Document: 2008 ITWeb-JCSE Skills Survey

Description

Introduction (Extract from Survey)

You’ve seen the headlines – but what is the reality? Does the South African ICT sector face a skills crisis, or are its practitioners filling the gaps through a variety of learning initiatives? The Department of Labour issued the National Master Scarce Skills list at the end of 2007, indicating that the ICT sector had been unable to fill 37 565 positions at that time. The categories of Managers, Software application programmers and Network & Support professionals all have more that 6 000 vacancies each, closely followed by 5 500 business and system analysts. IT Intellect is quoted as saying that 115 000 additional IT jobs are required in the lead up to the 2010 Soccer World Cup.

Dimension Data pointed out in August 2008 that IT environments are becoming more complex at infrastructure level, with the widespread adoption of converged communications and IP telephony technologies, stating that these cannot be maintained by legacy skills.

Gartner stated at its 2008 Cape Town conference that every enterprise should adopt a school to improve the output. Their research suggests that the dire shortage of qualified technicians and business leaders is inhibiting the performance of IT companies around the world. Their advice is that hi-tech companies need to make IT more attractive to young people, because (between now and 2010) the demand for qualified IT professionals will outstrip supply globally.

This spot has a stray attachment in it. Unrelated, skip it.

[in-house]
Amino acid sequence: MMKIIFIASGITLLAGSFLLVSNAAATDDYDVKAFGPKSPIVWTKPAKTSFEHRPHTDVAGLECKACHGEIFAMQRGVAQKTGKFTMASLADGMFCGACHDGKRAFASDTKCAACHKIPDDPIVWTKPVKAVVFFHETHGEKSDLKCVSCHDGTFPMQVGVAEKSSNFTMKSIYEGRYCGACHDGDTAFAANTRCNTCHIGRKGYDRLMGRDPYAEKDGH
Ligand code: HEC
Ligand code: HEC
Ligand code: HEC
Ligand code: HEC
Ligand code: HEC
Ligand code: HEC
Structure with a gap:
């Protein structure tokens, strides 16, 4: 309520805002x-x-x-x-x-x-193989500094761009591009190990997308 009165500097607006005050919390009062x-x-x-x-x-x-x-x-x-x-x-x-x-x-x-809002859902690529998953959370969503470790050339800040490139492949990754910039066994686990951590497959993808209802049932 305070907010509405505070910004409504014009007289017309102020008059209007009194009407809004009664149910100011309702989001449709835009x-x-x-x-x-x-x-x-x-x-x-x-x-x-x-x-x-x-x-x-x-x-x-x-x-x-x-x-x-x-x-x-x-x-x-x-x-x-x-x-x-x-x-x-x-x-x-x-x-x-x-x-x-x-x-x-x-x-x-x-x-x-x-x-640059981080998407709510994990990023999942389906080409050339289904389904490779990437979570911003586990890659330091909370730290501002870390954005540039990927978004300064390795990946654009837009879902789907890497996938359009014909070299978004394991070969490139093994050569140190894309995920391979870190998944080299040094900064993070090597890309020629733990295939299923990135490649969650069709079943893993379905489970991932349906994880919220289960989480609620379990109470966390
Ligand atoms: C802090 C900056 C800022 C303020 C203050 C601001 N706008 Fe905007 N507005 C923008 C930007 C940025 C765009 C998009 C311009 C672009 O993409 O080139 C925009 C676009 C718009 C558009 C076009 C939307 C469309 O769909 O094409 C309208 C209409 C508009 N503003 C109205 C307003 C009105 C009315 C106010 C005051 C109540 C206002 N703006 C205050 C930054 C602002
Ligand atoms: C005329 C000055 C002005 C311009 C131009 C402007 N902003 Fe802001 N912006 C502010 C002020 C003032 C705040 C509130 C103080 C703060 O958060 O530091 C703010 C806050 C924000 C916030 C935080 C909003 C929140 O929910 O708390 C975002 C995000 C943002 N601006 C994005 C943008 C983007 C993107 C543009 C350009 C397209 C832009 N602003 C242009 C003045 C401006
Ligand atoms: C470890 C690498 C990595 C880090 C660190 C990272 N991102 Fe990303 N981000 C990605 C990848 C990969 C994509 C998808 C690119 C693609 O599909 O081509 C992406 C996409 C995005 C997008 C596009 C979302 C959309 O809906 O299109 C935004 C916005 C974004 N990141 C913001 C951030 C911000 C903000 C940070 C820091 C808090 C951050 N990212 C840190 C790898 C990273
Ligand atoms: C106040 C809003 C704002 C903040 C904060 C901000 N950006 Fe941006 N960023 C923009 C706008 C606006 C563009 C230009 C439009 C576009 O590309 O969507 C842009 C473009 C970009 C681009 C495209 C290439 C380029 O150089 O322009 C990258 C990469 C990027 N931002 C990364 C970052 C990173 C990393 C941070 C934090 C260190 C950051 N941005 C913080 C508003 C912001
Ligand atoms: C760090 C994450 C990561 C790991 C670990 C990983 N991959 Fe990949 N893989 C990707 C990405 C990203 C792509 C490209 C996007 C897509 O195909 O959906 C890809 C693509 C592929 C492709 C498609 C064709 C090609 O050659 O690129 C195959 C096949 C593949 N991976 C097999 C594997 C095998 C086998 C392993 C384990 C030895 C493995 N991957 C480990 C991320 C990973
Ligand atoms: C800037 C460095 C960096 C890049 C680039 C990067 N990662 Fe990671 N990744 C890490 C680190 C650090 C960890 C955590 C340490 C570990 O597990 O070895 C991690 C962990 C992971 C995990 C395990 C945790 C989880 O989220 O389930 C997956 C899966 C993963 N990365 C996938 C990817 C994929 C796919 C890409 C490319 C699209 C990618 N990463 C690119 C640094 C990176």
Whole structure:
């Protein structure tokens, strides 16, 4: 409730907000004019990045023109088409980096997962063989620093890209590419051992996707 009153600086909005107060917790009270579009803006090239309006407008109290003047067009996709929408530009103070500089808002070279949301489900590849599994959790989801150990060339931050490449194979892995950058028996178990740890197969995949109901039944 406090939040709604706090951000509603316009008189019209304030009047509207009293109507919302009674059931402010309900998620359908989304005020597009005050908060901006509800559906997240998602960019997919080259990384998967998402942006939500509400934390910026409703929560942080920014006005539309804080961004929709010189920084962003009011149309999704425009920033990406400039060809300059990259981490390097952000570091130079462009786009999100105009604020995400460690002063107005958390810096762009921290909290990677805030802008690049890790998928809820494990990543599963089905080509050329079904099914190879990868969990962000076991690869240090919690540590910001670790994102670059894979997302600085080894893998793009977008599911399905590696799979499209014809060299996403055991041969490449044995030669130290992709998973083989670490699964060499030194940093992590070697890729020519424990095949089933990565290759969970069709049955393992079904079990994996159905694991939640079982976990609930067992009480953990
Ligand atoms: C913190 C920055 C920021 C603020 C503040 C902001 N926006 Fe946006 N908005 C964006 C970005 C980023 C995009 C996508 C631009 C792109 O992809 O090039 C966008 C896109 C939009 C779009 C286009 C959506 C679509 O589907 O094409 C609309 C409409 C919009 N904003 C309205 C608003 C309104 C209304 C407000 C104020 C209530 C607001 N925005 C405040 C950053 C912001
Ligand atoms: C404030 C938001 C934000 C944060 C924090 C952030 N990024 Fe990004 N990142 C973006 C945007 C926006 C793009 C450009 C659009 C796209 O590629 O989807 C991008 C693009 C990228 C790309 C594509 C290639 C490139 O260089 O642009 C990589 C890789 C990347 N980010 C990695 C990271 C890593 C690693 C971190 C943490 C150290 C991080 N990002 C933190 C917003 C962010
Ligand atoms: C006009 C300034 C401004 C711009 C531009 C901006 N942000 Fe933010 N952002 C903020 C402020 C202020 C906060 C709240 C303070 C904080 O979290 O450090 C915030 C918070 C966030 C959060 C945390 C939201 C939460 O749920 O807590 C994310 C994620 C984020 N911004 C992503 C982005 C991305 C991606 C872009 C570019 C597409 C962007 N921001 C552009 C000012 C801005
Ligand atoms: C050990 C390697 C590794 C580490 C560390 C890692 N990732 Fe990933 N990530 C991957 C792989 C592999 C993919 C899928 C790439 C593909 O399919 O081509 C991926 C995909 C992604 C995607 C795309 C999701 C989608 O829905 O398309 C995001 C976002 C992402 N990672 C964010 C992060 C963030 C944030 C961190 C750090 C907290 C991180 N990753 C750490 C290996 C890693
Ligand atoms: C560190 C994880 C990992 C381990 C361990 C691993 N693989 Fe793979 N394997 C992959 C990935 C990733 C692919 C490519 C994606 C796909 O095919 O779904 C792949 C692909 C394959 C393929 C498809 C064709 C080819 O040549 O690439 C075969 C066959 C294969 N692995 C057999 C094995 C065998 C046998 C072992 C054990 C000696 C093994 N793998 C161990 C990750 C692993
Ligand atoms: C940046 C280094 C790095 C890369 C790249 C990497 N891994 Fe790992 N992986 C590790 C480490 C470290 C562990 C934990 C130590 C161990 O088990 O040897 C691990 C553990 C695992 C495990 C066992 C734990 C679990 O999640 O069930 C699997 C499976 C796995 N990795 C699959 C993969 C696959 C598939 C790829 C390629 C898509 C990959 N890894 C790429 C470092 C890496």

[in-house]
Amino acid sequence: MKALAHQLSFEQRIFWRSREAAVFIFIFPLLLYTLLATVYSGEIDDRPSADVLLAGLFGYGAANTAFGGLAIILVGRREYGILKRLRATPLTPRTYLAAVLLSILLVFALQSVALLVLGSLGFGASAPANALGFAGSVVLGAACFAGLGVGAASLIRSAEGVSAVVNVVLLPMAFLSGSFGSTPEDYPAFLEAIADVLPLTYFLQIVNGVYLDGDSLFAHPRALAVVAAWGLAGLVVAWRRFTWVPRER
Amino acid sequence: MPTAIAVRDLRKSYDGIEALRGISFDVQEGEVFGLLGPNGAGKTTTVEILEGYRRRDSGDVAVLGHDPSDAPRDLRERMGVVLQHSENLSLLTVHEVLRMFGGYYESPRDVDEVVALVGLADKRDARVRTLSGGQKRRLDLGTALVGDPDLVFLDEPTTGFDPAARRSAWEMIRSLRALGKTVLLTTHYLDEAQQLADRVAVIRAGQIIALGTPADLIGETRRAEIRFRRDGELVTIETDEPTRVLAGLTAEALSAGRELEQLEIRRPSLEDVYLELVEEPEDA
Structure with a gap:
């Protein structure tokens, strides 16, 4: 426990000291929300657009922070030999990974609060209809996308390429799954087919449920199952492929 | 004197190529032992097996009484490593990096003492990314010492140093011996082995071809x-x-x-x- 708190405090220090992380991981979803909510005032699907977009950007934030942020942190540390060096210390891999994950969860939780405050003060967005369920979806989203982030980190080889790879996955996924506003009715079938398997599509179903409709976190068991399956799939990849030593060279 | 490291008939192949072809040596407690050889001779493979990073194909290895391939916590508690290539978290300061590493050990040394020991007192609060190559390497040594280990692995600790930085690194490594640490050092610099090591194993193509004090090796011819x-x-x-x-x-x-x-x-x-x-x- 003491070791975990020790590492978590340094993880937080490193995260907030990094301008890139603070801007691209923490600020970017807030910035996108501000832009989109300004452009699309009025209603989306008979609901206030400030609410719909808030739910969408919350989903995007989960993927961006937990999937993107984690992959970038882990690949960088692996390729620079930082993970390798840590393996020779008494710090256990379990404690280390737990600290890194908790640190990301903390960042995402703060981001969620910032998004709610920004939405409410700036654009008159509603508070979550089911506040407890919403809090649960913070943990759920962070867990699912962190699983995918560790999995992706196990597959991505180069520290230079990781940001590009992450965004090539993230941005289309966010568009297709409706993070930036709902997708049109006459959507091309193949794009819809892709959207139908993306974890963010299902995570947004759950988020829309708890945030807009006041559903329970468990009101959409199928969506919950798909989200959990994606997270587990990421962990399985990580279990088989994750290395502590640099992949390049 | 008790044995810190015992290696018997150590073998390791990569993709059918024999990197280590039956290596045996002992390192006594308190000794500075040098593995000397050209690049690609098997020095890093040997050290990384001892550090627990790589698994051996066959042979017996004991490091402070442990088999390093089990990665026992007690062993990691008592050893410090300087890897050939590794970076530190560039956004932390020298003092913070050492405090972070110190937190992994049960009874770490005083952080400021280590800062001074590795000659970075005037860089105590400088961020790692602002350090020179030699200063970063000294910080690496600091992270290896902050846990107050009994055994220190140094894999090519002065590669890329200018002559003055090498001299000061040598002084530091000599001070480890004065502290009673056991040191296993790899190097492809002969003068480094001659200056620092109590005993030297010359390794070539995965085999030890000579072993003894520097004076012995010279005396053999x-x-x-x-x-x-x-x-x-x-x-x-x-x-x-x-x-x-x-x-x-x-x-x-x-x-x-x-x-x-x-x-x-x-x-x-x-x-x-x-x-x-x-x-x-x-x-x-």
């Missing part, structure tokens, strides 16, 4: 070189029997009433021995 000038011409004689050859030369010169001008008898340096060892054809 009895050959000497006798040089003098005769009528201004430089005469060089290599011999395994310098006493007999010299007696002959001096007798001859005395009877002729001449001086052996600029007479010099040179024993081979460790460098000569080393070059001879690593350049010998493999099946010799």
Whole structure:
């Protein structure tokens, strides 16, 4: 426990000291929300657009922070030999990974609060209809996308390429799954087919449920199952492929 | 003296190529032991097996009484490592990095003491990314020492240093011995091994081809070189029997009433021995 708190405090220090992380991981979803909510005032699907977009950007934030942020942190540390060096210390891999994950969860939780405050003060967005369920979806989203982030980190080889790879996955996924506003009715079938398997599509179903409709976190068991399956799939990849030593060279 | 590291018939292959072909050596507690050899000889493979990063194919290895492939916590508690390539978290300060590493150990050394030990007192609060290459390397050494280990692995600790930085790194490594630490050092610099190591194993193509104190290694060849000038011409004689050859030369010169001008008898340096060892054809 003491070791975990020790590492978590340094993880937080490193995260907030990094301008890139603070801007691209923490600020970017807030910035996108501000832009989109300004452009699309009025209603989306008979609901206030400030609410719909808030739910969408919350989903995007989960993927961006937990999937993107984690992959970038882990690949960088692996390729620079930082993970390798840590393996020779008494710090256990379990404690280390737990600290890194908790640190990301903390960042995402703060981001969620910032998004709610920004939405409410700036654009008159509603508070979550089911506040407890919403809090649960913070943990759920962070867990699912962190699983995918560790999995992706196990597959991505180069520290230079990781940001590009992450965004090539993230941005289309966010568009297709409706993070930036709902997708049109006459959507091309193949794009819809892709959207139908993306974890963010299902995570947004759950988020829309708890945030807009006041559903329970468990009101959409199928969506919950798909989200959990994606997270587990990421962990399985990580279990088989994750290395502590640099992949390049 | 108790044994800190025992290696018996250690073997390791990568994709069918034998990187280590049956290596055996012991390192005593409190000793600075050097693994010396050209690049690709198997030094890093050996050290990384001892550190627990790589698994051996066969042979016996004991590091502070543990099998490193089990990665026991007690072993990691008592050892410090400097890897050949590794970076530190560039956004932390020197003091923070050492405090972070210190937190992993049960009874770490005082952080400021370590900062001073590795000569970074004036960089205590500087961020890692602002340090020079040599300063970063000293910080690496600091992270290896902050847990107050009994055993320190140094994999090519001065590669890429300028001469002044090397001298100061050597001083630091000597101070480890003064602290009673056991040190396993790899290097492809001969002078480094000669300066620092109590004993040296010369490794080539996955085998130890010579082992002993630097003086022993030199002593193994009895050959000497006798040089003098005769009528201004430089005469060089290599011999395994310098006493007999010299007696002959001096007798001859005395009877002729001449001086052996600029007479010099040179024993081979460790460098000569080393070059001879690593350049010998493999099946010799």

Against this background, should we be surprised that 100% of the South African companies responding to the 2008 ITWeb-JCSE Skills Survey say that the skills shortage is either having a major impact on their business or is affecting their viability?

Another serious question raised by the results of this survey is whether the South African ICT sector is exacerbating the skills shortage by requiring the average practitioner to perform several roles. This not only raises the barrier to entry for such positions, so reducing the number of likely applicants, it also increases the costs of such people to their employers.

Table of Contents

  • Introduction
  • Survey Rationale and Process
  • Corporate Responses
    • ICT Priorities
    • Business Capabilities
    • Staff Dynamics
    • Corporate Preferences
    • Skills Needs
    • Impact of the Skills Shortage
  • Practitioner Responses
    • Practitioner Profile
    • Practitioner Roles
    • Skills Acquisition
  • Conclusions
Cover: 2008 ITWeb-JCSE Skills Survey